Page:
White Sox

White Sox still mum about Monday's starter as another option enters the picture

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USA TODAY

White Sox still mum about Monday's starter as another option enters the picture

Who’s going to start for the White Sox on Monday? They’re not saying just yet.

We know it won’t be Manny Banuelos, who’s on the injured list for what the team hopes is a brief stay. But someone has to take his turn in the rotation. Who?

“We're still talking about that as we speak right now,” was all manager Rick Renteria would offer up prior to Sunday’s series-finale against the Toronto Blue Jays.

Requiring a spot starter isn’t generally of so much interest, but given the fragile state of the White Sox starting staff and the dearth of major league ready starting-pitching depth in the organization, the pure mystery of this has become one worth following.

And considering how Banuelos has performed to this point — he’s got a 9.15 ERA in five starts — fans are looking for any other option that might be able to take his place on a more permanent basis. Given the White Sox liked Banuelos enough to trade for him over the offseason, they’re likely not ready to give up on him quite yet. But Banuelos has been through a ton of injuries prior to his current shoulder strain, and the ongoing negative results aren’t combining to make for a promising mix at the moment.

So what are the most likely options for Monday?

A simple bullpen day could be the most realistic option, especially if Banuelos is only going to miss one start, as he communicated was a possibility earlier in the week. That’s not the ideal way to kick off a four-game series against the Houston Astros, the best team in the American League. And of course it depends on how Renteria needs to deploy his bullpen Sunday. If Reynaldo Lopez can eat up a good chunk of innings after Lucas Giolito pitched all five innings in Saturday’s rain-shortened affair, then the bullpen — which is carrying an extra man with Banuelos on the IL — will be well rested and ready to soak up nine innings Monday night.

Then there are the two new faces down in Charlotte. Ross Detwiler pitched well Tuesday night (10 strikeouts in six one-run innings) and might find his way into the big league rotation at some point. Detwiler, who the White Sox recently plucked out of independent ball, hasn’t made a major league start since 2016. But he was on the hill for Charlotte on Sunday, so scratch him off the list of possibilities for Monday's game in Houston.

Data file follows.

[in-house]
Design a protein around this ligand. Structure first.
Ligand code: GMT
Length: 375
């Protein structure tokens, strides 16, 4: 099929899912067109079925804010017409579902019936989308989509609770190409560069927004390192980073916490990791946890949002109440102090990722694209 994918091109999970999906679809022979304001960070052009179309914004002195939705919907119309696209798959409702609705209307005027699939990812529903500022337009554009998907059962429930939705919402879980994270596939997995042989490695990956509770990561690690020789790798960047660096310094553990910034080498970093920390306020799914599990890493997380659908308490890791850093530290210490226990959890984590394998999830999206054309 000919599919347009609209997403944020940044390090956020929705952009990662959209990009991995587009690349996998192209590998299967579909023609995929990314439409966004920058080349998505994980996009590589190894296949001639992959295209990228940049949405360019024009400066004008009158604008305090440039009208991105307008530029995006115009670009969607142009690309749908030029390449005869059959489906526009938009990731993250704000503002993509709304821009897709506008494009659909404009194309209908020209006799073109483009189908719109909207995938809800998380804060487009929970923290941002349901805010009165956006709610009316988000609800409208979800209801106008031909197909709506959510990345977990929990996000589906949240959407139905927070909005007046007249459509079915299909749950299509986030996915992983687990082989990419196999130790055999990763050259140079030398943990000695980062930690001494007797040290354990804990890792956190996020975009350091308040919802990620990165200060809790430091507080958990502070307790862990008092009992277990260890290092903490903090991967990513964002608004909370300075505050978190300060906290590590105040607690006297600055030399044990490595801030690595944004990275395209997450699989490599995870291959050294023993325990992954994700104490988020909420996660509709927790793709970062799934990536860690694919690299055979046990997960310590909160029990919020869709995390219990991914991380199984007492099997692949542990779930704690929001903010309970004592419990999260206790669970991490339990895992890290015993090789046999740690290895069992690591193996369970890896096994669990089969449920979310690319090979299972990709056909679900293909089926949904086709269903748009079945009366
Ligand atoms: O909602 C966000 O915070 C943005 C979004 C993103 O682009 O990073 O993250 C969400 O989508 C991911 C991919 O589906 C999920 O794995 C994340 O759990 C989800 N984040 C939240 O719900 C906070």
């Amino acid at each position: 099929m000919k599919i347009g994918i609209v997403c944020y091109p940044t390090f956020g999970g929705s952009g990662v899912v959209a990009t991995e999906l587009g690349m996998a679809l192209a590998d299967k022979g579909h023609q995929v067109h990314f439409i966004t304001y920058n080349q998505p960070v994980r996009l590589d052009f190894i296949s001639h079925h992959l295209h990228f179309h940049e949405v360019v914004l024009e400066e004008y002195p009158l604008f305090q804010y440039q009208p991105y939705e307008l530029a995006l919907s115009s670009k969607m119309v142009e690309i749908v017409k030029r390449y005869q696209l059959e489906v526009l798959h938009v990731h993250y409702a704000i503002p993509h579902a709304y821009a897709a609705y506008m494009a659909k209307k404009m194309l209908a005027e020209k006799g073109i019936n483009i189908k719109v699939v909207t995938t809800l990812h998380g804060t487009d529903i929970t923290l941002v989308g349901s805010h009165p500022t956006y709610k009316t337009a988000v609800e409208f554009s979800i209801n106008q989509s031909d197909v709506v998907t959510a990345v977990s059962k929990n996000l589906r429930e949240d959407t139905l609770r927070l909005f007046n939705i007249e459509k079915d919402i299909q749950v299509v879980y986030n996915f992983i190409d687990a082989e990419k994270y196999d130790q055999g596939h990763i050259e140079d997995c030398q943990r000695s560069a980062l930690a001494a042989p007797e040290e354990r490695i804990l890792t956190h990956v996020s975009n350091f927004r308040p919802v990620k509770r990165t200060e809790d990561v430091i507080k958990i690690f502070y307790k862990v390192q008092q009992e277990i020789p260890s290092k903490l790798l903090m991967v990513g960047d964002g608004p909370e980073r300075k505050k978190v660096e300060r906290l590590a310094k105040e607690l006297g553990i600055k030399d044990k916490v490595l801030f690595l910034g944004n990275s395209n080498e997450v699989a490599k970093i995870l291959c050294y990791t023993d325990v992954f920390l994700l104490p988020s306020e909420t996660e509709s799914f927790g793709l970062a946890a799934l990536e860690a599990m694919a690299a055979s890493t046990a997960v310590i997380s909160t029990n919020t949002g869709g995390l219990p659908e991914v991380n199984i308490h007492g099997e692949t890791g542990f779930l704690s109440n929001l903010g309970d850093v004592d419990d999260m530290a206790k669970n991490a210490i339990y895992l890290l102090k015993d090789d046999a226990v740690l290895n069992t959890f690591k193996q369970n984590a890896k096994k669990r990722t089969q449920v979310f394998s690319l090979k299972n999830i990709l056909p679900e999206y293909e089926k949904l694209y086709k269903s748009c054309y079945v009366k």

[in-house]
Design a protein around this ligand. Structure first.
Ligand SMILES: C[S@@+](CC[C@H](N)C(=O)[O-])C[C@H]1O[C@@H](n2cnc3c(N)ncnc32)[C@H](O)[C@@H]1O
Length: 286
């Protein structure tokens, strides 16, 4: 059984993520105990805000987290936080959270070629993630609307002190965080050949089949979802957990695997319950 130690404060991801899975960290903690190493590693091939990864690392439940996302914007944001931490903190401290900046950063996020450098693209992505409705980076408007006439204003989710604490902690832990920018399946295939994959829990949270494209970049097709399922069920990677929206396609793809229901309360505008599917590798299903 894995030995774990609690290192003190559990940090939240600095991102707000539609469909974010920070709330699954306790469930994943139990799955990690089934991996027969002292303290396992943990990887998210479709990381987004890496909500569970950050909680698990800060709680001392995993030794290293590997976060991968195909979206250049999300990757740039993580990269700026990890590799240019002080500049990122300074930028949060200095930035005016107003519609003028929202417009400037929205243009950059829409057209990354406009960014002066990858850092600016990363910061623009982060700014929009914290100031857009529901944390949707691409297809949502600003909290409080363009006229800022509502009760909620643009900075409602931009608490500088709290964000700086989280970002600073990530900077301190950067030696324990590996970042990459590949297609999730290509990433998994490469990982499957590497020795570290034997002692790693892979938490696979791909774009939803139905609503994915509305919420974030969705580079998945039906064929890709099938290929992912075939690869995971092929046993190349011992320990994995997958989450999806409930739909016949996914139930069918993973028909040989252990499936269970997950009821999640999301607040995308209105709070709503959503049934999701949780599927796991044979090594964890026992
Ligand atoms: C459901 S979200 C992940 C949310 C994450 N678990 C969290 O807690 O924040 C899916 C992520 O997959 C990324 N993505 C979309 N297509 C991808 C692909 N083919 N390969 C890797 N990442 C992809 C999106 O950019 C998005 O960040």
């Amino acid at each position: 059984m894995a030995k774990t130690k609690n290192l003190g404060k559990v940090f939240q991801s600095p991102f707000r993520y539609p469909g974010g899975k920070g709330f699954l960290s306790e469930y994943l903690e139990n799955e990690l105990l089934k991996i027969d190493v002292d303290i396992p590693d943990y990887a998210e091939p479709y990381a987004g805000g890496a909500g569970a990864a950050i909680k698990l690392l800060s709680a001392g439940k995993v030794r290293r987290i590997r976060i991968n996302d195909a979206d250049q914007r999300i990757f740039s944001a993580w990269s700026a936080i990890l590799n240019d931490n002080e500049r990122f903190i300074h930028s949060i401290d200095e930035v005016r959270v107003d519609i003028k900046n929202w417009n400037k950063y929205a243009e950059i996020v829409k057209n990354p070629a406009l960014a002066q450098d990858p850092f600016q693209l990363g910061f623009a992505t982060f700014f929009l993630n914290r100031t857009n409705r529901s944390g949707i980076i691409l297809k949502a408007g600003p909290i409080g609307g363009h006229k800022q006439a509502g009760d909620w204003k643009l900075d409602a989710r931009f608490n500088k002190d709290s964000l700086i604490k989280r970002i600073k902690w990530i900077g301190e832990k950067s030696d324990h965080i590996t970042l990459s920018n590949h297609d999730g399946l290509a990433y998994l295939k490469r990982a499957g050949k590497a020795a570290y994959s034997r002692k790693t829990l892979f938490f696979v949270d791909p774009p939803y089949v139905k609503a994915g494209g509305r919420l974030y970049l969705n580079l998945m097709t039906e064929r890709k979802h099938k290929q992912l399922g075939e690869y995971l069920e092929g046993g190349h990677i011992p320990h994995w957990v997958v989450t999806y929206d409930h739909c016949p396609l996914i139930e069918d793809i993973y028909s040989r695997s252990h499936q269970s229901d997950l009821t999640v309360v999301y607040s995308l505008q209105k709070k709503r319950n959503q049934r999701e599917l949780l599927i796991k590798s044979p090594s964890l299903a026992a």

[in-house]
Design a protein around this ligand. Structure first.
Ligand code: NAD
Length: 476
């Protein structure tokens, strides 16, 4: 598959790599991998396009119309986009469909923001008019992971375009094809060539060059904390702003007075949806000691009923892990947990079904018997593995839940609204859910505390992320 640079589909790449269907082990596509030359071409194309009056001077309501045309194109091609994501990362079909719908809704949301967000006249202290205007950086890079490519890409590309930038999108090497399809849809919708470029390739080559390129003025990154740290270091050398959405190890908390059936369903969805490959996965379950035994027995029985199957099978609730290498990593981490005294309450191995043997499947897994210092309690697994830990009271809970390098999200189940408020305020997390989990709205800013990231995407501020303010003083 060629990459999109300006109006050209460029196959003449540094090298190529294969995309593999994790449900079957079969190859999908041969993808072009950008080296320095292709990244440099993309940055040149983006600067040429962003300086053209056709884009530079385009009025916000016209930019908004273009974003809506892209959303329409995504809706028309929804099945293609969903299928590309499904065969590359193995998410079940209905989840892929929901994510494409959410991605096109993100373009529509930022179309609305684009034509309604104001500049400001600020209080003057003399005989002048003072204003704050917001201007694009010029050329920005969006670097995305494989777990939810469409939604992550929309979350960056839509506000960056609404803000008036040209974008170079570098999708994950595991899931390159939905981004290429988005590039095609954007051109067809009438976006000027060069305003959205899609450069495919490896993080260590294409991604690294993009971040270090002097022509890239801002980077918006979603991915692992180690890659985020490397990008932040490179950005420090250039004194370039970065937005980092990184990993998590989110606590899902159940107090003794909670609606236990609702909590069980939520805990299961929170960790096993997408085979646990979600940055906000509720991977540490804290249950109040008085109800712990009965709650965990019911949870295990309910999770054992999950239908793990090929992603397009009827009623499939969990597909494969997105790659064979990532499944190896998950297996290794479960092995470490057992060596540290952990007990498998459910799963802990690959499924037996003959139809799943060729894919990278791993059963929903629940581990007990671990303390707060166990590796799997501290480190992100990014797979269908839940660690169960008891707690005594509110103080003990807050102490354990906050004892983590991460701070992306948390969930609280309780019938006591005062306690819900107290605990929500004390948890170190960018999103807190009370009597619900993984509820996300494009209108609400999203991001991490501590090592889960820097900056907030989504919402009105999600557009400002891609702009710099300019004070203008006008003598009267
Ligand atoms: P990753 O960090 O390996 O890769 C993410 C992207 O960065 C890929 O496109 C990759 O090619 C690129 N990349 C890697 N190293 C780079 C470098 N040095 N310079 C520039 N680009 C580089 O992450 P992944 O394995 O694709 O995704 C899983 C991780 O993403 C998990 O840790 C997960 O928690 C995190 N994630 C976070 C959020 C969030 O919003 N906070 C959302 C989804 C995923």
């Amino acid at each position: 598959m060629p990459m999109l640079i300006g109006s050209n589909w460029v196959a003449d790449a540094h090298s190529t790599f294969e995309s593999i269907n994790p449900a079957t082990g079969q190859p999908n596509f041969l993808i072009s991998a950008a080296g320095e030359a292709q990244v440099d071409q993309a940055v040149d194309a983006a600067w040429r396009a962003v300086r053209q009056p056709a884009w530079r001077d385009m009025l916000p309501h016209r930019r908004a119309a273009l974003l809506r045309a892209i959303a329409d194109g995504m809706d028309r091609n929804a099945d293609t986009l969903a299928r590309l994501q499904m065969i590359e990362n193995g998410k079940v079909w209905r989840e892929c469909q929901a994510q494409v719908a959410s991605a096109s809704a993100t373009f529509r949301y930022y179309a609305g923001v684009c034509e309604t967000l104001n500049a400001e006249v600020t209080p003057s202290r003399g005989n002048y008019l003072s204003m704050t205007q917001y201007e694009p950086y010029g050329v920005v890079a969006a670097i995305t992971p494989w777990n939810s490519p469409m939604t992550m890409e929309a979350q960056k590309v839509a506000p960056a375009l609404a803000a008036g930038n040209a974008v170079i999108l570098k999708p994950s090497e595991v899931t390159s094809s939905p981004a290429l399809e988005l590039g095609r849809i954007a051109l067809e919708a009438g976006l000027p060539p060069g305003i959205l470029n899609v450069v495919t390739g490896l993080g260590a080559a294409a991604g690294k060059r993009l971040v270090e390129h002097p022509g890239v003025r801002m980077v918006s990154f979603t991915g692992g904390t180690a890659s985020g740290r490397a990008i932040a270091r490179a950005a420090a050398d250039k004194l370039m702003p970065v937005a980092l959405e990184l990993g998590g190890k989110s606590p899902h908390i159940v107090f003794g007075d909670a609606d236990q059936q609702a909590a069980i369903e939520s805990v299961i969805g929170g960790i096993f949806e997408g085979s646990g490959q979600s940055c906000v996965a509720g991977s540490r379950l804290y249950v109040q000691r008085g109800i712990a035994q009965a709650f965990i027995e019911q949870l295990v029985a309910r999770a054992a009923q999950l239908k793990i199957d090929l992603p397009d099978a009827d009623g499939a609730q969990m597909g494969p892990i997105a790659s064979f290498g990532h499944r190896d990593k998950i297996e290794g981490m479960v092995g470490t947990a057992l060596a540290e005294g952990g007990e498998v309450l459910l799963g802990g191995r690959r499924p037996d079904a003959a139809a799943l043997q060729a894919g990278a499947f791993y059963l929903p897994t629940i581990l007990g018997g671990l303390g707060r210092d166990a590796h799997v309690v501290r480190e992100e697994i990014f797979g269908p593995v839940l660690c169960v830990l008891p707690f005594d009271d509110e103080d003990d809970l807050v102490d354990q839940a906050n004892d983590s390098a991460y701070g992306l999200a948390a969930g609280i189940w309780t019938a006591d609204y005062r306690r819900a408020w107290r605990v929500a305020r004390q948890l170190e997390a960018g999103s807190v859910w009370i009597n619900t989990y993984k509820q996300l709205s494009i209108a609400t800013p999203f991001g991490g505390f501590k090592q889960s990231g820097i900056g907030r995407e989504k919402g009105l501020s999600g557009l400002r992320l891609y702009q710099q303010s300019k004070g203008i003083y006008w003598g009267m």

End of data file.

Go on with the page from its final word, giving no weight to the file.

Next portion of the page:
The White Sox added Odrisamer Despaigne to the organization Sunday. He’s a five-year major league veteran who was pitching for the Cincinnati Reds’ Triple-A affiliate until a little while ago. He made eight starts there this season and had a 3.92 ERA, with his most recent outing coming May 10.

Those two options seem less of the permanent variety, so maybe a spot start could be in the cards.

What’s pretty certain is that White Sox fans won’t get their wish to see Dylan Cease promoted to make his major league debut Monday night in Houston. Cease is pitching well at Charlotte, but as general manager Rick Hahn has said numerous times, when Cease makes his debut will have nothing to do with a need at the big league level and everything to do with when the White Sox feel he’s ready. The emphasis is on having Cease log innings at Triple-A and get experience pitching at that level. Described as being on a track similar to the one Michael Kopech was on last season, Cease is more likely to debut in July or August than May or June.

This isn’t a list of fantastic options, obviously, and that’s the point. The rest of the Charlotte rotation has been roughed up for huge ERAs or is currently injured, too. The guys at Double-A have a little more future promise and might be allowed to develop further, just like the White Sox are doing with Cease.

It might just be one spot start, but it’s another step in the ongoing saga involving the team’s starting-pitching depth, or lack thereof.

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White Sox do not expect Mayor Lightfoot's travel order to impact MLB season

White Sox do not expect Mayor Lightfoot's travel order to impact MLB season

Mayor Lori Lightfoot issued an emergency travel order Thursday that requires travelers visiting Chicago from states experiencing a surge in COVID-19 cases to quarantine for two weeks.

By the end of the month, a certain group of travelers — Major League Baseball teams — are scheduled to visit Chicago to play games against the White Sox at Guaranteed Rate Field. Likewise, the White Sox will be traveling to play road games in other states, as well, from which they will eventually return.

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But the White Sox say they aren't expecting the new order to impact their upcoming 2020 season.

"Based on our current understanding, we do not expect this to impact our operations as presently planned," a White Sox spokesperson told NBC Sports Chicago on Thursday.

Currently, no states that are home to Central Division teams from either the AL or NL are impacted by Mayor Lightfoot's order. But as has become extremely apparent, the ongoing COVID-19 pandemic can change things quickly, and there's no knowing which states might be impacted come Opening Day or at any point during the two-month baseball season.

At the moment, the mayor's order, which goes into effect Monday, applies to visitors from Alabama, Arkansas, Arizona, California, Florida, Georgia, Idaho, Louisiana, Mississippi, North Carolina, Nevada, South Carolina, Tennessee, Texas, and Utah. Landing on that list involves a specific metric. Per the city's website, "a state will be designated if it has a case rate greater than 15 new COVID-19 cases per 100,000 resident population, per day, over a 7-day rolling average."